Chicago and Midwest air quality deteriorates as wildfire smoke persists in Canada

A smoky haze blanketed Chicago and much of the upper Midwest from wildfires in Canada on Tuesday, prompting many residents of the country’s third largest city to be shocked by a sudden drop in air quality and forced to wear masks when they ventured outside. Engaged.

Chicagoans were largely spared the severe effects of wildfires earlier this month, when dangerous smoke enveloped parts of the Northeast and Midwest for several days. But there was no respite for them on Tuesday, when officials classified the air in the city and other parts of Illinois, Wisconsin, Indiana, Michigan and Minnesota as unhealthy.

According to IQAir, a Swiss air-quality technology company, the air quality index in Chicago reached 209 by midday, the worst reading of any major city in the world for that day. In Green Bay, Wisconsin, the index was 175; In Grand Rapids, Michigan, it reached 255. Any reading above 100 on the index is a warning for people with respiratory issues to exercise caution.

Chicago Mayor Brandon Johnson warned residents – especially children, older people and those with heart or lung disease – to stay indoors if possible, or wear a mask if they must go outside, to avoid inhaling the smoke. The worst effects of wind can be avoided.

“This summer, cities across North America have seen unhealthy levels of air quality as a result of wildfire smoke, affecting more than 20 million people in New York City; Washington DC; Montreal; And today here in Chicago,” Mr. Johnson said in a statement. “As we work to respond to urgent health concerns in our communities, this relatable episode demonstrates and underscores the damaging impact of the climate crisis on our residents as well as people around the world.”

Other cities in the region, including Milwaukee, were expected to see similar levels and possibly even greater levels of smog on Tuesday.

“Today would generally be seen as a beautiful day to be outdoors,” Forecasters at the National Weather Service Office in Milwaukee wrote. “But the smoke is reducing visibility to just one mile to three miles today.”

Conditions are expected to improve overnight in Chicago and Milwaukee, but fog is expected to linger through Wednesday.

Officials in New York warned that smoky skies could return to their state on Wednesday. Governor Cathy Hochul said air quality could worsen in the western and central parts of the state, and other areas could also be affected.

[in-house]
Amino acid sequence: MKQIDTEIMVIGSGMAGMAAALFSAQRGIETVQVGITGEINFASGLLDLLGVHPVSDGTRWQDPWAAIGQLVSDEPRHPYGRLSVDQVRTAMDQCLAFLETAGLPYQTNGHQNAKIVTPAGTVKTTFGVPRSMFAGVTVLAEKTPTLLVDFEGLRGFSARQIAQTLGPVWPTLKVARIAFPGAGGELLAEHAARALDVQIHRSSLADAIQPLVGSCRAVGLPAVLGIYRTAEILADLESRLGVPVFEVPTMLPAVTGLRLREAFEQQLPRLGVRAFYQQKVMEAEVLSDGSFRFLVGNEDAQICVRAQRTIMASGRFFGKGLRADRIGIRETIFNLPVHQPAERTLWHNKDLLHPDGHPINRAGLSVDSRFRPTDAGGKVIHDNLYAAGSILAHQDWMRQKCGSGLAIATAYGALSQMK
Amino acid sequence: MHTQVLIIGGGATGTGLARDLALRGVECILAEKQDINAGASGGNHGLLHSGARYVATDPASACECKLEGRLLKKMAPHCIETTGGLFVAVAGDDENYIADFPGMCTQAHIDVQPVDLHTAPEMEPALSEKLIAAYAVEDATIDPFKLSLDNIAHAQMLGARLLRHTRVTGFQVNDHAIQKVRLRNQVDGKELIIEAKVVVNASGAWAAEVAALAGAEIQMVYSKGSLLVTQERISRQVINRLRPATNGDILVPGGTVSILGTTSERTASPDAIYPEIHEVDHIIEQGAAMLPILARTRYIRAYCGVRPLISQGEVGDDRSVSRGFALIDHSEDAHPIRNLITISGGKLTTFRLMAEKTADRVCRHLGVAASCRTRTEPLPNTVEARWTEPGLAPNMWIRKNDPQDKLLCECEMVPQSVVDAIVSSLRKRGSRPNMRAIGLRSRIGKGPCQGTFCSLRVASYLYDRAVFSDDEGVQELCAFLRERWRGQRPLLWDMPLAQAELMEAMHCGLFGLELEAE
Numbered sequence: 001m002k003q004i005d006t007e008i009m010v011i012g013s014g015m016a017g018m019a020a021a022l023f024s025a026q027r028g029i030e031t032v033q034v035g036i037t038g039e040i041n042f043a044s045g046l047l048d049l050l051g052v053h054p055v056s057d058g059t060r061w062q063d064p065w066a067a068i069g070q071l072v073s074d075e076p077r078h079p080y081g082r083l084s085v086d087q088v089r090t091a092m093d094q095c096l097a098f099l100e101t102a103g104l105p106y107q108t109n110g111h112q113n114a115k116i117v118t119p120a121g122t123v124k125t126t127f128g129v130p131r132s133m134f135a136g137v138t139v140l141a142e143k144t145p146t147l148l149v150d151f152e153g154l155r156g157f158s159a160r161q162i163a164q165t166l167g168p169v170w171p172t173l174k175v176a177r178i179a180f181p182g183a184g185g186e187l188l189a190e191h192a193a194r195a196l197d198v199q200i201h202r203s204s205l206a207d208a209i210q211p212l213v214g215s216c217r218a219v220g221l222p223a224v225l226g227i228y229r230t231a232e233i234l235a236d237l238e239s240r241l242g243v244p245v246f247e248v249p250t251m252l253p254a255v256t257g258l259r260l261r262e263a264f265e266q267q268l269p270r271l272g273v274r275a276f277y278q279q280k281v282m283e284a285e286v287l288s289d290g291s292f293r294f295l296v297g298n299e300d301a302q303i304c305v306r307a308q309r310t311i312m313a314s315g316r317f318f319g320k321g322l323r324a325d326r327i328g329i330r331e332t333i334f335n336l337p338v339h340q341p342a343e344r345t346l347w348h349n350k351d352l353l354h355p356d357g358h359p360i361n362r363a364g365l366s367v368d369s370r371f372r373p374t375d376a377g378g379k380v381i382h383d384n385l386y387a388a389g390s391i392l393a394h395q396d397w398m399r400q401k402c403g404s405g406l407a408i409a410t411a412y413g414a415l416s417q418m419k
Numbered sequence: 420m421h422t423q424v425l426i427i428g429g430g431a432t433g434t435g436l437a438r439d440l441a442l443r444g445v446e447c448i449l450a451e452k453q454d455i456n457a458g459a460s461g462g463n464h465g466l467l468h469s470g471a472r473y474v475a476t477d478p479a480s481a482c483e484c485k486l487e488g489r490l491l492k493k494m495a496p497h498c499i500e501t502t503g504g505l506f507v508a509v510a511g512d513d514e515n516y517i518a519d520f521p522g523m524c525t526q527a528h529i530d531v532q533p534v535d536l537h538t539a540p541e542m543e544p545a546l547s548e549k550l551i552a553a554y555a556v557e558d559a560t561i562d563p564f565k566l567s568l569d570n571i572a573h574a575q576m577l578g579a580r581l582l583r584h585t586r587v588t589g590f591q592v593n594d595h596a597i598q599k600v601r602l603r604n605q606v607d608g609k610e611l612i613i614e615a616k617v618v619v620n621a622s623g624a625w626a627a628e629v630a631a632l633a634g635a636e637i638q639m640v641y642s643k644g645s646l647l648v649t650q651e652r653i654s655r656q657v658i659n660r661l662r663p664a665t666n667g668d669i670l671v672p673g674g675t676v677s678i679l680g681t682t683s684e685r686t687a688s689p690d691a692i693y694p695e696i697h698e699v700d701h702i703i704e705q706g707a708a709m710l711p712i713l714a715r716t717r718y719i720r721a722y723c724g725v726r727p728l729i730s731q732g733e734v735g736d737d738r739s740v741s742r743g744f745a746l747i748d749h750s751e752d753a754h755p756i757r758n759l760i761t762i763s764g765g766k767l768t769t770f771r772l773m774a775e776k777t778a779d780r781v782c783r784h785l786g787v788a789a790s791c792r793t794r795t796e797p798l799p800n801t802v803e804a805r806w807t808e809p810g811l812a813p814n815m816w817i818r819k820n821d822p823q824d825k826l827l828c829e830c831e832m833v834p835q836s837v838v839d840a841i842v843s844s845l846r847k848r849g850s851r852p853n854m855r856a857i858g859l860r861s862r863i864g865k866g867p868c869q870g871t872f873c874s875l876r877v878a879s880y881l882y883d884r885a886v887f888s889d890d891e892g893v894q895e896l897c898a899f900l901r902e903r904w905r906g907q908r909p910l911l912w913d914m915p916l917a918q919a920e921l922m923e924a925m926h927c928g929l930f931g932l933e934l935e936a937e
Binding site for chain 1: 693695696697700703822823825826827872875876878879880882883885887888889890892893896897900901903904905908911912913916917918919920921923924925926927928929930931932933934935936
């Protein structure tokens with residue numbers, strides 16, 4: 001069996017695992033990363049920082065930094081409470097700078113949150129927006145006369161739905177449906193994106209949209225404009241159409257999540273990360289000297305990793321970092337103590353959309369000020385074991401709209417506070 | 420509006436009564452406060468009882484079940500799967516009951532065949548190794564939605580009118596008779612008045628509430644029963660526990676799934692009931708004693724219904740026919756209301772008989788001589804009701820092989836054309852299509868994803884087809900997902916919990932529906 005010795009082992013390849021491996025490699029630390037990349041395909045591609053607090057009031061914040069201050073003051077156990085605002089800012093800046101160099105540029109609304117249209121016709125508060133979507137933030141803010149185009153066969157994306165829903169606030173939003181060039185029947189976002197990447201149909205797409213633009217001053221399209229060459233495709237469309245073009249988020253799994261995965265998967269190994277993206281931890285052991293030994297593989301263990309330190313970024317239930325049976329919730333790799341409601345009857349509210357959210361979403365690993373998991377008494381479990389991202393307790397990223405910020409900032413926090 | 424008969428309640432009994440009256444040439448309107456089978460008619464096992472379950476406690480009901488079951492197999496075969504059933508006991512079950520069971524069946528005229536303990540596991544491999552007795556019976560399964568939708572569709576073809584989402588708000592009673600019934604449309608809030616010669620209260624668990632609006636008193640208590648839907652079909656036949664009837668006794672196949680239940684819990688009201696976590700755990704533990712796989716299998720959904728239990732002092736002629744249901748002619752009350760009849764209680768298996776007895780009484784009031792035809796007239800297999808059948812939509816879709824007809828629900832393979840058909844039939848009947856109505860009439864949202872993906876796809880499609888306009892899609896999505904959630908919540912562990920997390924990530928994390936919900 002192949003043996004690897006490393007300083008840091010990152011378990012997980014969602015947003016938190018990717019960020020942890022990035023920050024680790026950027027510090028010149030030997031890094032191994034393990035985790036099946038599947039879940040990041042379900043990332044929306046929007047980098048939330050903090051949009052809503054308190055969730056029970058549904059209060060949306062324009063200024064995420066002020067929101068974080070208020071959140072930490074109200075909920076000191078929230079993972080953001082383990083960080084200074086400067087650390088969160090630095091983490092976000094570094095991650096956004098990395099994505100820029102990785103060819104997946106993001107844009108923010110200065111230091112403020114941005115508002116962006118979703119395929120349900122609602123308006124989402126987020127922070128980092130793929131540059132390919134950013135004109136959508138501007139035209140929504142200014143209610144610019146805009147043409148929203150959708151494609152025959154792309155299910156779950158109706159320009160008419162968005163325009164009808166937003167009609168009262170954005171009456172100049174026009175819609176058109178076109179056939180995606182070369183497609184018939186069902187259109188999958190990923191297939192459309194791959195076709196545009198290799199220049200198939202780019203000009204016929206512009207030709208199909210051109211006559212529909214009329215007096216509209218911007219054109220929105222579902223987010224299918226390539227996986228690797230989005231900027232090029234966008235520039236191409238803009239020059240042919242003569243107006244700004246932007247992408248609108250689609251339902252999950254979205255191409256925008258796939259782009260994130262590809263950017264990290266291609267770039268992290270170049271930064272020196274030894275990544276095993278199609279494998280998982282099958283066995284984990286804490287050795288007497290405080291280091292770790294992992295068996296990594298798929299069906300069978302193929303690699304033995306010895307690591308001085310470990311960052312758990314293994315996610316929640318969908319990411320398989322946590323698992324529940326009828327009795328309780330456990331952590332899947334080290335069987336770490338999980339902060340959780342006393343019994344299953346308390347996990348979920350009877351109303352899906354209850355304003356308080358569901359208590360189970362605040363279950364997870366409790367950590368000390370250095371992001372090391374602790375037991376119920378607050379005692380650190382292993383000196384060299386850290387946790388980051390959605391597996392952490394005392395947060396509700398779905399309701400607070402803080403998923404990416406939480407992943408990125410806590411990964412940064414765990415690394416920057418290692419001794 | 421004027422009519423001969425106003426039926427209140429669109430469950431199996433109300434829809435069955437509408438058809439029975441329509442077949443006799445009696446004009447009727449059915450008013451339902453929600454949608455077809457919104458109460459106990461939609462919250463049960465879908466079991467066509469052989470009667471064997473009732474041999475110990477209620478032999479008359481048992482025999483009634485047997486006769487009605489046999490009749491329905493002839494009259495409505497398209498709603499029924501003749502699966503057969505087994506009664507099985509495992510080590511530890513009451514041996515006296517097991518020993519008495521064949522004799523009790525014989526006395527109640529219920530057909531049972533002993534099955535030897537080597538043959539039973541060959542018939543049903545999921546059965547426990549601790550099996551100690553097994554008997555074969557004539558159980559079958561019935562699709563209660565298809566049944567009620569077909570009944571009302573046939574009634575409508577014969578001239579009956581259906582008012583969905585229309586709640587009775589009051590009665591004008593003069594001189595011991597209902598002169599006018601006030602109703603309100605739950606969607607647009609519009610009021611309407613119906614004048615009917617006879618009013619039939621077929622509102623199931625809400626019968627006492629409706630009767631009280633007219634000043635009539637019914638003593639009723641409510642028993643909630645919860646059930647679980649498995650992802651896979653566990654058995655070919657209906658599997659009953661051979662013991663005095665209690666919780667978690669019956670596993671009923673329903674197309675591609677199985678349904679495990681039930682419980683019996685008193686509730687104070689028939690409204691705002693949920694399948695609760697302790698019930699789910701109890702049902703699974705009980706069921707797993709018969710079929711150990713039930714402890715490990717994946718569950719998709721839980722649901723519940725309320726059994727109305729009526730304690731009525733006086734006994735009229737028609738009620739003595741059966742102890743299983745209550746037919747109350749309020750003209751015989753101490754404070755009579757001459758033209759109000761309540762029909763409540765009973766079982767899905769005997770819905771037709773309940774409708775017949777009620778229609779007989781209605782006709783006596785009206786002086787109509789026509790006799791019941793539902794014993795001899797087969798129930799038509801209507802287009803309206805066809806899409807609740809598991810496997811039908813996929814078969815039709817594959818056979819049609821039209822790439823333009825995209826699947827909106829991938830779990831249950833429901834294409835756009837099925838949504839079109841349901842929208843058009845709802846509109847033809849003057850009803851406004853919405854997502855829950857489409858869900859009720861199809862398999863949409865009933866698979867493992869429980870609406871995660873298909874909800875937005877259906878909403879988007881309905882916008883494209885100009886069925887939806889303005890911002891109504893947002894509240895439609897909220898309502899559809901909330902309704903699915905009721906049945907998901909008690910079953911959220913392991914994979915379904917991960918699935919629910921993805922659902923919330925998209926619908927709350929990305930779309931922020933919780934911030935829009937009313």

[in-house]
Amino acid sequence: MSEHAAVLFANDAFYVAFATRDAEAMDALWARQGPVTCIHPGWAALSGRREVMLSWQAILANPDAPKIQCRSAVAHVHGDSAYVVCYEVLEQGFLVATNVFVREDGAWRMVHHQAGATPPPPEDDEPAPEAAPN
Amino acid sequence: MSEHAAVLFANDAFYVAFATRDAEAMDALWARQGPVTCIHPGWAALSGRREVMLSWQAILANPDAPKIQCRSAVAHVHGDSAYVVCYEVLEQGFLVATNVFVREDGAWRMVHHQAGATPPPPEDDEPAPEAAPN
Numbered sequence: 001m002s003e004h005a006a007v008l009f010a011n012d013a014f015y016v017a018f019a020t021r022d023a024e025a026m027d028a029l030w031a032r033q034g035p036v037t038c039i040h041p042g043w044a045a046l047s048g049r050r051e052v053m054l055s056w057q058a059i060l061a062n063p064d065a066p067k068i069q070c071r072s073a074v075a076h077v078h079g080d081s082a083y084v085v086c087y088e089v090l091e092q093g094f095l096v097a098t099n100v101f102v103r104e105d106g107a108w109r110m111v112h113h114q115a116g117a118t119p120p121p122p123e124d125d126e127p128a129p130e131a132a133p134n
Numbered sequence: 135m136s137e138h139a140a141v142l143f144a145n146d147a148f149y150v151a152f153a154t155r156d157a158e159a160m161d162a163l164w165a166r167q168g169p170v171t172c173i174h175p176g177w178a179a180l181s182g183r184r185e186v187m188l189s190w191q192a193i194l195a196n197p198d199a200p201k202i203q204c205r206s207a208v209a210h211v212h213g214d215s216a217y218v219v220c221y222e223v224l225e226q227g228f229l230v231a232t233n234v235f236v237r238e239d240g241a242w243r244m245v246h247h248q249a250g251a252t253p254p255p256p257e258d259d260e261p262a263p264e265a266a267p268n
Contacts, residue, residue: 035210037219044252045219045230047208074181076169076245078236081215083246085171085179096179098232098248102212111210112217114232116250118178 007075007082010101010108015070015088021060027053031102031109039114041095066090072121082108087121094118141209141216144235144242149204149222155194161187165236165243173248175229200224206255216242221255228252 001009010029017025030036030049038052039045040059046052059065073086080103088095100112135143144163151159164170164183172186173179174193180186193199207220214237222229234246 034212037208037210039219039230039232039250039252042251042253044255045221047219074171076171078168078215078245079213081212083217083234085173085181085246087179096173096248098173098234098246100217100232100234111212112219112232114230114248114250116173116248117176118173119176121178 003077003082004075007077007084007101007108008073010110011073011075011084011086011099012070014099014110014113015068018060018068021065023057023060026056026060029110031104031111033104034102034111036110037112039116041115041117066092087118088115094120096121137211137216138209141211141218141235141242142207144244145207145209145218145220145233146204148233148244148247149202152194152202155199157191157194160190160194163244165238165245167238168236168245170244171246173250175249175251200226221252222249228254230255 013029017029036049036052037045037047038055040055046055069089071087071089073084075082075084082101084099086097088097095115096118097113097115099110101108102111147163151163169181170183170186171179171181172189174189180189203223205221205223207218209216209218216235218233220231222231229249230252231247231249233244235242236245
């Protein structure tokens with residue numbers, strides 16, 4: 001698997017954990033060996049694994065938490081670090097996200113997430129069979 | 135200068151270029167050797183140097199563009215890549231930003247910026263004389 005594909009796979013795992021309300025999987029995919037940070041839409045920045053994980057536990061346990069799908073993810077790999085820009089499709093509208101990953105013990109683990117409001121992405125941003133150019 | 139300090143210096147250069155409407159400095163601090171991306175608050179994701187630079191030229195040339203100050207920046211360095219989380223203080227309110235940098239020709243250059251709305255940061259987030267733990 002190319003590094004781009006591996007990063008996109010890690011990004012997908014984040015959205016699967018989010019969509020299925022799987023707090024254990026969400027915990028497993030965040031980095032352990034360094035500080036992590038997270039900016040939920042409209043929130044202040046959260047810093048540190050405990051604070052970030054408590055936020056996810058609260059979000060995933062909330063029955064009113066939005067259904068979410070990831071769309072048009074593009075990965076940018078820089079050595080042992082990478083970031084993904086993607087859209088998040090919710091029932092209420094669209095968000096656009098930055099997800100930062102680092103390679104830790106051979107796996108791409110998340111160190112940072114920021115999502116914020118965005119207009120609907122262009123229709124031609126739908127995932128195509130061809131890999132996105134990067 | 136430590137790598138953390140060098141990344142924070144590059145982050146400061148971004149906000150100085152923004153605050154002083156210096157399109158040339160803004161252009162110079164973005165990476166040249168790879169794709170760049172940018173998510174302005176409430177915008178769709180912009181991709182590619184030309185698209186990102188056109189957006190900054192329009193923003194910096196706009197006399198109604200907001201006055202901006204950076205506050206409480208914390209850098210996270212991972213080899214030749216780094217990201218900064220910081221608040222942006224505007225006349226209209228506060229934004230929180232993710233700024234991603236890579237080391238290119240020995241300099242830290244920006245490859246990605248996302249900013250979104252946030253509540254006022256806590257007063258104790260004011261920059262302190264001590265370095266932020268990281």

“Due to gusty winds tonight and the Canadian wildfires, air quality in New York City could worsen tomorrow,” Mayor Eric Adams said on Twitter on Tuesday. He reminded New Yorkers to wear a mask if they leave their homes on Wednesday.

Many people in Chicago were alarmed by the sudden flood of smoke, as the city is rarely affected by air pollution from wildfires. “Has anyone noticed a strange pungent smell in the neighborhood?” a North Side resident asked Tuesday morning on the Nextdoor forum.

Summer camps raced to create new plans for children, to keep them indoors and away from polluted air. Along the shores of Lake Michigan, areas that are usually dense with runners, cyclists and beach-goers during Chicago’s mild summer, the lakefront seemed largely deserted on Tuesday.

The state veterinarian’s office in Michigan has issued an alert for those who own animals, reminding owners to avoid strenuous activities — and that even birds can be affected by unhealthy air.

The Minnesota Pollution Control Agency issued its 23rd air quality alert of the year on Tuesday – a record high – as smog blanketed much of the state.

David Brown, the agency’s air quality meteorologist, said Minnesota typically issues no more than two or three air quality alerts a year. The previous record was 21 alerts for the whole of 2021, he said.

Mr. Brown said wildfire season in Canada doesn’t usually start until early July, so Americans in northern states could face the threat of poor air quality in the coming weeks.

“There are a lot of fires that are getting bigger, the hottest days are yet to come,” he said. “This fire will likely continue to grow.”

The latest air quality warning for Minnesota, issued Tuesday morning, was set to expire on Thursday. It covers most of the southern and eastern regions of the state.

judson jones And Ernesto Londono Contributed reporting.

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